www.pcrx.biz

 
___________________
Moutain Man: Please see the attached document below called "Mountain Man Helps".  If you have any questions, please contact Mr. Beuglass at:  804-306-0267
 
Camp Ottari: The moment you have all been waiting for has arrived. I will be discussing at great length the merit badge sign ups for first and second year scouts in a breakout meeting for all parents of scouts attending camp ottari. Attached is the map of camp, a custom designed spread sheet that you can either fill out on the computer, print out and fill out, or bring to the meeting and fill out. (there is a pdf also in case you do not have excel)

Also attached is a map of the camp, and the prereq sheet.

Below is a partial copy and paste of an earlier email I sent regarding the process.

I look forward to meeting with you all Wednesday night.

More detailed info on each badge can be found here: http://meritbadge.org/wiki/index.php/Main_Page

I recommend First Aid for all first year scouts. They do an excellent job with it at camp, there is a lot of hands-on practical instruction. Additionally, you will find that, many other activities and Merit Badges, require a scout to have earned the First Aid Merit Badge.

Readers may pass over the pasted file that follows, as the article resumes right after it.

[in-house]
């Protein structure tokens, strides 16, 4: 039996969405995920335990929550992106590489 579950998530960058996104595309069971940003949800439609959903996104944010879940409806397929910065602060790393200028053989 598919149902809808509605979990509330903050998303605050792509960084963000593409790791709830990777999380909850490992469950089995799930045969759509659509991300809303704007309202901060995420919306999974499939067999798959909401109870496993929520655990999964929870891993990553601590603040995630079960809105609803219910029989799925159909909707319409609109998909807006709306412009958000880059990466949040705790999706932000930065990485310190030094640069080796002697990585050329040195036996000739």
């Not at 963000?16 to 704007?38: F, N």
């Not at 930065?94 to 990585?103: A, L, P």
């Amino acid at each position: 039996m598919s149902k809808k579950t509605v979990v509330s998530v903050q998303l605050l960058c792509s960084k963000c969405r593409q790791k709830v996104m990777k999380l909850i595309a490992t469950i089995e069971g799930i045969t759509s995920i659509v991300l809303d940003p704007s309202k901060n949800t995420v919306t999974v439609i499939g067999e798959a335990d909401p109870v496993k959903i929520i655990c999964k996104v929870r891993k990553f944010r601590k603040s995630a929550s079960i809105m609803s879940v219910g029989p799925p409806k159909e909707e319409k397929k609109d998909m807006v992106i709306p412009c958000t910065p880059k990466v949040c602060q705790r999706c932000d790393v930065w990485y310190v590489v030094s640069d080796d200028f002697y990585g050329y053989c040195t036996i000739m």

Here is my list of what not to take first year:

E-Prep(2nd year), E-science (2nd year), Climbing, Lifesaving, BSA Lifeguard

Here is a cautionary – what not to take list:

Basketry (very very difficult – unless your scout is a craft-superstar, and very dexterous)

Shotgun (need to be a pretty good size to handle the firearms)

Bird Study and Fishing both require an extremely early riser, and are generally discouraged – unless you have buddy signed up with you. Usually by Wednesday - the scouts are ready to drop it.

Keep in mind that BSA kayaking skills is not a Merit Badge, but a educational offering for which the scout will receive a patch of recognition.

BSA Snorkeling is not offered at Ottari, but still on the prereq. list for some reason.

If your scout is planning reptile and amphibian study, you should obtain a small reptile or amphibian (if you do not already have one) and keep for at least 1 month. Record daily goings-on such as feeding, activity, waste, etc.

Wilderness survival will require one overnight campout in an improvised shelter that the scout will build.

We strongly encourage all scouts to leave 4pm time slot open, as this is the time most will be at the waterfront.

Keep in mind, when you look at the map, that everything at the top of the map is on top of the mountain and slopes down toward the lake. The lake, and everything thing around it are sort of level, like in the bottom of a bowl.


Thanks,
-e

Eric Strickler
(804)402-7279
www.pcrx.biz
 
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Aj Mezynski,
Mar 12, 2010, 8:05 AM